I feel very lucky to be invited to write a traveling story on the "You Can Get There from Here" blog! I would like to share a little article I was asked to write for the USA Track and Field Association. It was about my experience in the summer of 2011 in the Venice Biennale, in Venice, Italy.
In August of 2011, I ran on top of an overturned military tank in an international art exhibit. Sound strange? It did to me and to everyone I spoke with when they asked me about my summer plans. I was a running performance artist in the installation called, “Track and Field” within the United States Exhibit, “Gloria.” This exhibit was created by Jennifer Allora and Guillermo Calzadilla for the 2011 Venice Biennale. The Biennale has been referred to as “The Olympics of the Art World.” Countries choose one exhibit to represent them in this awe-inspiring collection of art to be seen by art enthusiasts and collectors from around the globe.
When I saw the original ad from the USA Track and Field Association I saw the words, “Perform,” “Art Exhibit,” “Italy.” “Wow!” I thought to myself, so, I e-mailed, I called, I prayed, I posted the ad on the fridge and was accepted. I started training for good form, for grace on a tank, for not being afraid of heights, for people watching or in any other way that I thought would help for a running event I never imagined. I didn’t realize that the running would be second to all else I learned. I became part of a family of people that included runners from all over the United States, artists, performers, and visitors from all over the world. In the process, I also gained new definitions of beauty, strength, voice, and vision.
I was in awe of the beauty of all of the people that became part of the experience. The runners were Olympians, world ranked marathoners, ironman triathletes, sprinters, coaches, filmmakers, artists, educators, and more. Dave Durante, our Athletic Recruiter, gave us encouragement, information and instructions about our time in Venice. I was also grateful for other people who were part of the experience, inspiring The Rose City Runners, my family in the United States and Italy, the other performers, the visitors, and the artists. Alessandro and Matthew, who work for the Guggenheim Museum became my “coaches” as they protected the tank, watched and gave me clues about how much time was left in my 15-minute performance.
I was in awe of the strength required to perform as a runner or as a gymnast. While there I lived with other runners and the gymnasts who performed on the other installations and sculptures. Their concentration, flexibility, and strength were amazing! When I started performing, I realized there were elements of strength I needed that I had never encountered before. The treadmill went at a slow speed so I had to run on my toes, with high knees (which resulted in a lot of sore calf-muscles). The 10-foot drop (at least) to the left of the treadmill required me to get over my fear of heights in a hurry. The treadmill shook with the vibrations of the tank from side to side. There was also the sound of the treads, a loud, metal on metal, grinding, unbelievable (sometimes comforting) sound. When we turned the tank on each morning – people came from everywhere to find the source of the noise and then watched while covering their ears.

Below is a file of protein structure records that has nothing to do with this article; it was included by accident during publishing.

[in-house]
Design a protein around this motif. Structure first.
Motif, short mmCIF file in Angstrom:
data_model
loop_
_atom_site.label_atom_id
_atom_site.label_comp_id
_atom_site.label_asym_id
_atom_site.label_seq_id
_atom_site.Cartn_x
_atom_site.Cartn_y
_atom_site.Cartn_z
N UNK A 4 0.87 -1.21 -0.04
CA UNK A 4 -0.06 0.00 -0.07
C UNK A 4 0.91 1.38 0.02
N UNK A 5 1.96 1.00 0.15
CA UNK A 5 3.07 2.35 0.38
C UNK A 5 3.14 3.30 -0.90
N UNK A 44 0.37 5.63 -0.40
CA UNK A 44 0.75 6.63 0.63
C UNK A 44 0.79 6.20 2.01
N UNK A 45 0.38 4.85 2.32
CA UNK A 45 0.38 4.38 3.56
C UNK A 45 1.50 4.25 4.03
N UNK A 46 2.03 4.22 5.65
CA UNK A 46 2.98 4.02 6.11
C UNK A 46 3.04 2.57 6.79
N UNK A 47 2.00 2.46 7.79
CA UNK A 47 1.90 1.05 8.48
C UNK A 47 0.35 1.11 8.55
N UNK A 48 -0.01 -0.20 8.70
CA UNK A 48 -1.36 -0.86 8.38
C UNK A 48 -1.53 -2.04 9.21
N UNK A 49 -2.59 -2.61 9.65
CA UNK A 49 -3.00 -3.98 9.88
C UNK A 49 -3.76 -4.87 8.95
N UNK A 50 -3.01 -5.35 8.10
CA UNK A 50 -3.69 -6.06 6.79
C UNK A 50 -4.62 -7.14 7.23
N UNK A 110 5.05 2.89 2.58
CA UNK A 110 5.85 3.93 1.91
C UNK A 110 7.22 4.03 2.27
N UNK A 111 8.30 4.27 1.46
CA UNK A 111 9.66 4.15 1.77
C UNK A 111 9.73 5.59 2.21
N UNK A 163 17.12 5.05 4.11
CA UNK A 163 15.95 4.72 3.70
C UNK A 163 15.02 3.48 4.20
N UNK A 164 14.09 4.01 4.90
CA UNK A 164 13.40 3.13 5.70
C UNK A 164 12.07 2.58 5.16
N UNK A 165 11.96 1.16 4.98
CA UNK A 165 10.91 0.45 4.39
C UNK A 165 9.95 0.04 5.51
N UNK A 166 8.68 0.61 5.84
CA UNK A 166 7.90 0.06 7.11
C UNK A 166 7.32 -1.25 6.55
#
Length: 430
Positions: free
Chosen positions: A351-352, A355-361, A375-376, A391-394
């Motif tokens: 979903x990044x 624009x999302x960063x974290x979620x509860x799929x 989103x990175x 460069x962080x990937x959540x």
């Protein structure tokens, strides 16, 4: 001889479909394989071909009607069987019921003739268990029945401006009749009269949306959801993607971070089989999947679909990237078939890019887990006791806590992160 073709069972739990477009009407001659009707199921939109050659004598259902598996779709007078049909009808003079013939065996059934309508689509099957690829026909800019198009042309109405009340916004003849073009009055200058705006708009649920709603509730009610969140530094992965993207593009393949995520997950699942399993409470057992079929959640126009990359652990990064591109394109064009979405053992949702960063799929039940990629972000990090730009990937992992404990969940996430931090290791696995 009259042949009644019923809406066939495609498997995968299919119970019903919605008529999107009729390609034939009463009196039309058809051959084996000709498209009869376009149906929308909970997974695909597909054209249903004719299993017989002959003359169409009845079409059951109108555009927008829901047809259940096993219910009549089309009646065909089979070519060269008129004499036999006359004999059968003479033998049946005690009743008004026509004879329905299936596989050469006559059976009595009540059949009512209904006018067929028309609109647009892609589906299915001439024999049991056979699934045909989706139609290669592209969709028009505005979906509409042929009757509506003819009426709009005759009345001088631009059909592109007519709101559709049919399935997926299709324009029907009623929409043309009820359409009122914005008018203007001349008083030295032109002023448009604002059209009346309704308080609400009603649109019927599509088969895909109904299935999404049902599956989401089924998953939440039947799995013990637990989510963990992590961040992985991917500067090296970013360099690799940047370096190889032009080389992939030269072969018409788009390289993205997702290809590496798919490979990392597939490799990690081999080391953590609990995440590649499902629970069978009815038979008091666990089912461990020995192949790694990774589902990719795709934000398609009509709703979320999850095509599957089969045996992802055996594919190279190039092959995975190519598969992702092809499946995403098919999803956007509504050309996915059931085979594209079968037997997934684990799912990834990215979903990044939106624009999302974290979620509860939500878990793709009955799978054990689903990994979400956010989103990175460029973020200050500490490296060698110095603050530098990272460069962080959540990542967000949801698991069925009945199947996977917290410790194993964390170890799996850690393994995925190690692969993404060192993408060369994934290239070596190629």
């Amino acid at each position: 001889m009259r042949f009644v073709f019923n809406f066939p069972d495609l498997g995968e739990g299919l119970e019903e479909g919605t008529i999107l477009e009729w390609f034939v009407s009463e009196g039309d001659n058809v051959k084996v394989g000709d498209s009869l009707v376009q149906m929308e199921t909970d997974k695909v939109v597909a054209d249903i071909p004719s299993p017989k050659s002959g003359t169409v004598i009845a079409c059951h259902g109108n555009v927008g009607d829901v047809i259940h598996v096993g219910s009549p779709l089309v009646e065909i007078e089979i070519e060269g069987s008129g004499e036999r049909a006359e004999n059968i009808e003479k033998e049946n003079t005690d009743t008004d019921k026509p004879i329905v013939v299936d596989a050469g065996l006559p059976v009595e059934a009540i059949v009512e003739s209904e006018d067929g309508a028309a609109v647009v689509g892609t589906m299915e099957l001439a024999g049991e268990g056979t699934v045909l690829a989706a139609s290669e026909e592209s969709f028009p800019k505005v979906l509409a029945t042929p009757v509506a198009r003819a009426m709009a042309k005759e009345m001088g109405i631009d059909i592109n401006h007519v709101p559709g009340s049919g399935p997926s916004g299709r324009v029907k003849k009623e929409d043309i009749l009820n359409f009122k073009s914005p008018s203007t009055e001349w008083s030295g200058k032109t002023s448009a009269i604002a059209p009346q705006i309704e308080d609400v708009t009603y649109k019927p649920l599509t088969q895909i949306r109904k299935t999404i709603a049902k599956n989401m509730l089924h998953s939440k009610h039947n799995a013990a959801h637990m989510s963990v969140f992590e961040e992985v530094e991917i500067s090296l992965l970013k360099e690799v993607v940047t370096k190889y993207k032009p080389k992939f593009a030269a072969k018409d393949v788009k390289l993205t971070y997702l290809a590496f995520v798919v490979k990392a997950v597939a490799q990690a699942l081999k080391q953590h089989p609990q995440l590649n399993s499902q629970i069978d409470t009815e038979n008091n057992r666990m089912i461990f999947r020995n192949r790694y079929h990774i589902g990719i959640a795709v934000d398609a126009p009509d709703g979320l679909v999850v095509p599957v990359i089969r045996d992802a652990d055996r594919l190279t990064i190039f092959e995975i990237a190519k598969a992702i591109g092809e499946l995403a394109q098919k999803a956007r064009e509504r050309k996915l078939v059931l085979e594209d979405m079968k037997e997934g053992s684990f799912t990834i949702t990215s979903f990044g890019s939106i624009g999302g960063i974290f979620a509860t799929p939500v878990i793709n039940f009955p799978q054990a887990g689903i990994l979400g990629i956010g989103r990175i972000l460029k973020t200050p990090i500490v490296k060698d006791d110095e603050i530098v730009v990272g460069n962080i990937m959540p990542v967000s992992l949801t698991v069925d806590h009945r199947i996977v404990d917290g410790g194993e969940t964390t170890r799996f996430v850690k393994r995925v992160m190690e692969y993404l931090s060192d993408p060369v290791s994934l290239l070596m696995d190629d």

I was in awe as I was reminded of the power of our voice. After each session, visitors would clap, give high fives, give a thumbs-up and just wanted to chat. People from all over the world wanted to talk about the tank, the message, the runner, and world peace too. The runners were anonymous but people were curious to know what we did outside of running on a piece of art. I enjoyed hearing people’s questions and interpretations of the art and we laughed together as we shared insights about life too. Their stories energized me and reminded me of the power of our voice. We never know how our voice, our art, our story, our running, our laughter, or our words can bring a positive message to other people in the world.
I am in awe of the power of opportunity, imagination, and a vision for what is possible. The whole experience stretched what I understand about running, performing, and our part in the international community, art, and gratitude. I am grateful for the beauty of all the people I met and worked with and the artists Jennifer Allora and Guillermo Calzadilla. I am grateful for the strength of the performers and the ability to perform on the tank. The experience affirmed for me the power that our voice, and our conversations with others can have in the world. Lastly, I am grateful for the opportunity offered by the USA Track and Field Association that helped me to expand my vision of all that is possible.
P.S. One day after I was running, I had the chance to meet a family who was watching the tank performance. They allowed me to take a picture of their son's shirt - which I thought had a very powerful message!
For More Information about the Venice Biennale:
★ The Indiana Museum of Art page about the Biennale - http://www.imamuseum.org/venice
★ The Venice Biennale Home Page - http://www.labiennale.org/en/Home.html
★ The New York Times, “Combining People and Machines in Venice” - http://www.nytimes.com/2011/07/09/arts/design/allora-and-calzadilla-at-venice-biennale-review.html?_r=1
★ The New York Times Article About the Venice Biennale - http://www.nytimes.com/2011/05/15/arts/design/allora-calzadilla-gloria-venice-biennale.html?_r=1
★ The New York Times Artsbeat Blog - http://artsbeat.blogs.nytimes.com/tag/venice-biennale
★ The New York Times Article and Slideshow - http://www.nytimes.com/slideshow/2011/06/09/arts/design/Biennale.html